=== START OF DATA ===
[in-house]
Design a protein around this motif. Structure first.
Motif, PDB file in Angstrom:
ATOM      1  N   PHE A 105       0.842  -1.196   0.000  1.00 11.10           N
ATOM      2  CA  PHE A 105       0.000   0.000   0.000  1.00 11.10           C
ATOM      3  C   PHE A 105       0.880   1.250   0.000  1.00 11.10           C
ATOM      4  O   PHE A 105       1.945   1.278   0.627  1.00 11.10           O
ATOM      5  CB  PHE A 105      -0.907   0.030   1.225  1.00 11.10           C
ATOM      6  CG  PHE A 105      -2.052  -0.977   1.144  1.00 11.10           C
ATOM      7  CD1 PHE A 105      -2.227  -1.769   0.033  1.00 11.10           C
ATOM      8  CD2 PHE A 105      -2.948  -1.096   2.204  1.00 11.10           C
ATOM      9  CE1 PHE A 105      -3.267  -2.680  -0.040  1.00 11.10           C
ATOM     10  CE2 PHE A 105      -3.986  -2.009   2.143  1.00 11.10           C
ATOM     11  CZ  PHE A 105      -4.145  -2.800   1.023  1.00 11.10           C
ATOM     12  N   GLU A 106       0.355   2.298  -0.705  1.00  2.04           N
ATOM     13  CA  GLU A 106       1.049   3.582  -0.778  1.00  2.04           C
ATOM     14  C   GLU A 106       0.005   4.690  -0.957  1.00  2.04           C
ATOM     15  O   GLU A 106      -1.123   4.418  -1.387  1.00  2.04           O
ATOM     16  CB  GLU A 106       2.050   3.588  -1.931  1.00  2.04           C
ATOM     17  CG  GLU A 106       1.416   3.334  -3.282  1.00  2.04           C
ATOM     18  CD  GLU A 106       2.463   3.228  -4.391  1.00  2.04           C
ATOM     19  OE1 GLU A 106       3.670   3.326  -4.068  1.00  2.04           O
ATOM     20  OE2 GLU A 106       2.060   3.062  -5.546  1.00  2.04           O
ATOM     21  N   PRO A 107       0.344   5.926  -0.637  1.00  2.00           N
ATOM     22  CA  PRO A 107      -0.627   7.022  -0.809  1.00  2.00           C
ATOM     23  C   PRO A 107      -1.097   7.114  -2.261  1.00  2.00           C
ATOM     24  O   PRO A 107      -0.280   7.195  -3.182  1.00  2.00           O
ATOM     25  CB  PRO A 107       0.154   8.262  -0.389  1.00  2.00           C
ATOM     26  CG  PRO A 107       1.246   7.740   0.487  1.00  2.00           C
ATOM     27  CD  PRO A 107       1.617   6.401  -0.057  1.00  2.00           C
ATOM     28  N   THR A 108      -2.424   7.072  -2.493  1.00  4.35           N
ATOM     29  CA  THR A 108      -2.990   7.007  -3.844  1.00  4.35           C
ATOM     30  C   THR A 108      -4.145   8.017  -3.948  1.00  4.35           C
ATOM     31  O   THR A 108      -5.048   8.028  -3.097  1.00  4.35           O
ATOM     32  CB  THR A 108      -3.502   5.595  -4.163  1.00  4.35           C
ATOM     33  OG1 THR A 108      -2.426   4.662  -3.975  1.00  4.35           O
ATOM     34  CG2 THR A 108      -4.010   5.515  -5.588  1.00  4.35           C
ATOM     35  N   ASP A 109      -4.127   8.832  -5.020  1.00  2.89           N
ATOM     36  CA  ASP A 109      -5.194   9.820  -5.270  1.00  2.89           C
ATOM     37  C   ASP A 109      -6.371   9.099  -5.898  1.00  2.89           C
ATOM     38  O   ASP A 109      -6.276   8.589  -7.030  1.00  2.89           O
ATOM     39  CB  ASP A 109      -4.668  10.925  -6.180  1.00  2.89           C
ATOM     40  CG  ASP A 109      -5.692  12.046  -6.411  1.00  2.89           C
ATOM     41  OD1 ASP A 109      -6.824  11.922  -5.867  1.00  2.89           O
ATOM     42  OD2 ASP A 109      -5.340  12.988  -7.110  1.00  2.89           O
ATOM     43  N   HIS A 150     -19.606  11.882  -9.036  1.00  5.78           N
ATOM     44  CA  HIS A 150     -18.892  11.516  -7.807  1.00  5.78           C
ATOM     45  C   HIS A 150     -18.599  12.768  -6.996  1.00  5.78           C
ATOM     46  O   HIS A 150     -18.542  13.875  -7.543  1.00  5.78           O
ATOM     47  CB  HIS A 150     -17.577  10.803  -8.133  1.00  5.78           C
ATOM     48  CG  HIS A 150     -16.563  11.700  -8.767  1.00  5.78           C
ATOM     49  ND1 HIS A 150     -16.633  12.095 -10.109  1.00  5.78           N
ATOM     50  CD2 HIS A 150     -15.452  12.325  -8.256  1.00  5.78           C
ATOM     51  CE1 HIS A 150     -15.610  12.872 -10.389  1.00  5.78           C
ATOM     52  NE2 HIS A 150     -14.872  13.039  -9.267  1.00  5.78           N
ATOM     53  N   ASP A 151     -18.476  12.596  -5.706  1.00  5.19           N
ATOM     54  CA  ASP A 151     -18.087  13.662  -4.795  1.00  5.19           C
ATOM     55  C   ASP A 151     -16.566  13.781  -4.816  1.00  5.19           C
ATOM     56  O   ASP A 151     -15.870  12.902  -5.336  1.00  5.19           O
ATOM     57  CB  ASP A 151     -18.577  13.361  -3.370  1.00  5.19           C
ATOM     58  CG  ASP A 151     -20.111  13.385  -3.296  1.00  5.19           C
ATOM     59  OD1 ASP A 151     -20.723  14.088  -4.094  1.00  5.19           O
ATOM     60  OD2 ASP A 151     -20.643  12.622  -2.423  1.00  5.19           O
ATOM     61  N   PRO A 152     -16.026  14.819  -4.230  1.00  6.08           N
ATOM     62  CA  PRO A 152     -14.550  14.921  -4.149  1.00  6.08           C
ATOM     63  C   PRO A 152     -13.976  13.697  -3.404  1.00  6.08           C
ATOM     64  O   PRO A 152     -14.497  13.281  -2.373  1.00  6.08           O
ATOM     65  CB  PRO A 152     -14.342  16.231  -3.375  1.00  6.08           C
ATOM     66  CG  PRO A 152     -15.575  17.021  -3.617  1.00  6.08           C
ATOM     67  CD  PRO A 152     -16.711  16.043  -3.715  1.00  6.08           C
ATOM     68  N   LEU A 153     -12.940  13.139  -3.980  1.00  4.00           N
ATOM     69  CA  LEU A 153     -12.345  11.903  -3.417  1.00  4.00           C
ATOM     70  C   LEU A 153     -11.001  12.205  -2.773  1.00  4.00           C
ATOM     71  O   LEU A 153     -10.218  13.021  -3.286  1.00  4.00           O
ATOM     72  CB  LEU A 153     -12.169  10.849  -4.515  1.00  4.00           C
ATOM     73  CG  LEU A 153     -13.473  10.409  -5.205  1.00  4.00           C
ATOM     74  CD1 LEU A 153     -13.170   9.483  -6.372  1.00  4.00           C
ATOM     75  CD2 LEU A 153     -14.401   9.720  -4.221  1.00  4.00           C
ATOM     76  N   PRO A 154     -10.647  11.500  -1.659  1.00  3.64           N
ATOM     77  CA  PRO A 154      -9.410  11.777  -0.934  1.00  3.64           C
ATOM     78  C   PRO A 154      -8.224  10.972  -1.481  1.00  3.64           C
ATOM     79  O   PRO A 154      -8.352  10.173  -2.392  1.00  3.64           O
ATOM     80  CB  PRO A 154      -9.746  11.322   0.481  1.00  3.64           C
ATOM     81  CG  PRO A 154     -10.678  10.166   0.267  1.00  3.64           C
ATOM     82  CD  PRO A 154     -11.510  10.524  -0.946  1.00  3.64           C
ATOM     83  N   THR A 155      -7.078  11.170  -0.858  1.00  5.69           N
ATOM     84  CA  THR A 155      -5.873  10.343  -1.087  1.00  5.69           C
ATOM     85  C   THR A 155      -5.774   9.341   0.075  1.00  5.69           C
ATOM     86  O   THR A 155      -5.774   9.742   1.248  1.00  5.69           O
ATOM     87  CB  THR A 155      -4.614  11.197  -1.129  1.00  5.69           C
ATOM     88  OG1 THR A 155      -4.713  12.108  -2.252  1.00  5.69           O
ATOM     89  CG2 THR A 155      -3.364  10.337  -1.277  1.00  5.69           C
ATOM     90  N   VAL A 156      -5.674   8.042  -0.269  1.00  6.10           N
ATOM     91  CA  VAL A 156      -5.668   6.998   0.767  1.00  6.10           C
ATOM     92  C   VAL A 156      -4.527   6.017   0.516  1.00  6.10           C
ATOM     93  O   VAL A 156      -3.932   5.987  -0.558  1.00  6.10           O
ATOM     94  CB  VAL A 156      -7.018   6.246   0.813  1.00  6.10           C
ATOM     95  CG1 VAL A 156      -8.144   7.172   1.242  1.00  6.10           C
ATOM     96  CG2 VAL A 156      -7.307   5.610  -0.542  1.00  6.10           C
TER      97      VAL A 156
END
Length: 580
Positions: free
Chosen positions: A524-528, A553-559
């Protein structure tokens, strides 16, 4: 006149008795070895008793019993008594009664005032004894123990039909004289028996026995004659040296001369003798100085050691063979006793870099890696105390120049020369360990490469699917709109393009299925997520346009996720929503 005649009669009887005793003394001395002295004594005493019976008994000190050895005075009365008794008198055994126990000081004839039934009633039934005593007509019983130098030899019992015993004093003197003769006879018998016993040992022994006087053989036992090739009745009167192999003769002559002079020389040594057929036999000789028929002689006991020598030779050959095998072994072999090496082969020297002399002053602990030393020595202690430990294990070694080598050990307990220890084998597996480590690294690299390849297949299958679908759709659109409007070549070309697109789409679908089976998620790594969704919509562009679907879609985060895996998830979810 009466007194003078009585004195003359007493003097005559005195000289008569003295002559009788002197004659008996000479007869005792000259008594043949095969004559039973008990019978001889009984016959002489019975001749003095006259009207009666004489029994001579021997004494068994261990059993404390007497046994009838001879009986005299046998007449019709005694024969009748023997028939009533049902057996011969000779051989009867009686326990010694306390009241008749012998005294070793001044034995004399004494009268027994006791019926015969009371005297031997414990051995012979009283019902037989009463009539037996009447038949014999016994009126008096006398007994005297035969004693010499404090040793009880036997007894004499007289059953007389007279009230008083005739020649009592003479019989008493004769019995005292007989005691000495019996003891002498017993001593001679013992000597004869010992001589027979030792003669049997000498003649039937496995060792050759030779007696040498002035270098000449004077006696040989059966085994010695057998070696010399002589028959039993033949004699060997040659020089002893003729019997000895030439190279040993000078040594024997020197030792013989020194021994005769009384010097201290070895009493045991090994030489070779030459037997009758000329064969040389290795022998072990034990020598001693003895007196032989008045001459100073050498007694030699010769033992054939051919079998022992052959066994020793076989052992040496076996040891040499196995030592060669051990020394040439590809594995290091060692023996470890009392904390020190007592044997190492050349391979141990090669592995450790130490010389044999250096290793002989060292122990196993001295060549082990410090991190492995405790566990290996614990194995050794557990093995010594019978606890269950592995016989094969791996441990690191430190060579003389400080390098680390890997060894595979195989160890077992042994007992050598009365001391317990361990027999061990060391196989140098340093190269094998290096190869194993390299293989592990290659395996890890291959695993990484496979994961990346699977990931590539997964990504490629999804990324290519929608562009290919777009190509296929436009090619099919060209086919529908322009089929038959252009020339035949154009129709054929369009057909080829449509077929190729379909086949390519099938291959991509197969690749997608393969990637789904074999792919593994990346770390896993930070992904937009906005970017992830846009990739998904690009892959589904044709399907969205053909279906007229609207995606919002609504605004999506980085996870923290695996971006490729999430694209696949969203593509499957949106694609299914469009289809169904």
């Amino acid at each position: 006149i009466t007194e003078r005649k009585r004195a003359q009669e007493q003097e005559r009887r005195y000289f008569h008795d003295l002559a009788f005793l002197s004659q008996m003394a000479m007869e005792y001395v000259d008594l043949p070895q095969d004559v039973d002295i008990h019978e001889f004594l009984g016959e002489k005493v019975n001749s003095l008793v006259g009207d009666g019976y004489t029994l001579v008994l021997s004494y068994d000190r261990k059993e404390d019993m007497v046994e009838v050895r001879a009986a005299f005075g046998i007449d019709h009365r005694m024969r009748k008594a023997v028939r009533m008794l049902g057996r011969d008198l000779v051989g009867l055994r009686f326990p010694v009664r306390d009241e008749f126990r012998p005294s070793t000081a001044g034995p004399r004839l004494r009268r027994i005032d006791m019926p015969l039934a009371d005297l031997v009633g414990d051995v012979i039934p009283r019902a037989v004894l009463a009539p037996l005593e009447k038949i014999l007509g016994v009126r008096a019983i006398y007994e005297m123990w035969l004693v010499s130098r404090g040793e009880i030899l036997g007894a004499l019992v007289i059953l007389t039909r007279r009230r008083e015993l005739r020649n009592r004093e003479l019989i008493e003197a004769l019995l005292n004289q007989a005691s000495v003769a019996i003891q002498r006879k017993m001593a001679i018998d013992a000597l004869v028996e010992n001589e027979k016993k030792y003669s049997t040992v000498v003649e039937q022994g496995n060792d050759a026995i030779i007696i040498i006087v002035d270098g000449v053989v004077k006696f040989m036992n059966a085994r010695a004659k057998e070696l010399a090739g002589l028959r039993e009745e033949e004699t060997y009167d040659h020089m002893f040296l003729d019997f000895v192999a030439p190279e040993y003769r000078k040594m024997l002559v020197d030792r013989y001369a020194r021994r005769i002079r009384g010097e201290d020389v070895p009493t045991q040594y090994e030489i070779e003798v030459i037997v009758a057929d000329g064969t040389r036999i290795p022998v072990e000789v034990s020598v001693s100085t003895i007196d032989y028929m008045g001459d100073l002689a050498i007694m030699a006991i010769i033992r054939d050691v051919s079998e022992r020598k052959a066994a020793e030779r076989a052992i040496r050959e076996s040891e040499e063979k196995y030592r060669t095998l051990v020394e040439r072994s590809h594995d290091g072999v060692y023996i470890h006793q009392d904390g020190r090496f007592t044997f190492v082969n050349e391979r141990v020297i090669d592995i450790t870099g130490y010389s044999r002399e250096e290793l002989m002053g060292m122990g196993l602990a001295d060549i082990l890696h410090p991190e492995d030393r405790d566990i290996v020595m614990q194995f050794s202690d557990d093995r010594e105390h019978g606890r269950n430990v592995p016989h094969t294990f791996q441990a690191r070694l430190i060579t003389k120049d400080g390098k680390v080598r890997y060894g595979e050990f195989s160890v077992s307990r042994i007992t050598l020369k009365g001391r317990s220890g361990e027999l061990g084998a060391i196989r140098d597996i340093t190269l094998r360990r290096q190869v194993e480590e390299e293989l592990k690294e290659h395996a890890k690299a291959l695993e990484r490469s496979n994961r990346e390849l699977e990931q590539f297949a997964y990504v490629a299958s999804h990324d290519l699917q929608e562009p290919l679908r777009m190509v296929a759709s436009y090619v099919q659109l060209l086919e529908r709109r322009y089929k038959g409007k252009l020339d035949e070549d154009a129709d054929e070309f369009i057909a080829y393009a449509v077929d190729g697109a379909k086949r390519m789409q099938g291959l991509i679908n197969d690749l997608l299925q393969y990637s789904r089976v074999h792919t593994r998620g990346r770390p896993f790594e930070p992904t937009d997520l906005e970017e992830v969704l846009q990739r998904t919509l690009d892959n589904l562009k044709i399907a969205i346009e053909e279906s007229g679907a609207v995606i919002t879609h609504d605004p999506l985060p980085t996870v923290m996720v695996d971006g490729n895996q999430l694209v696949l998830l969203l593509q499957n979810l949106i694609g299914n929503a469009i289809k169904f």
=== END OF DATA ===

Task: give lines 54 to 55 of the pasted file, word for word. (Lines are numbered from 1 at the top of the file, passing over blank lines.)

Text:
ATOM     51  CE1 HIS A 150     -15.610  12.872 -10.389  1.00  5.78           C
ATOM     52  NE2 HIS A 150     -14.872  13.039  -9.267  1.00  5.78           N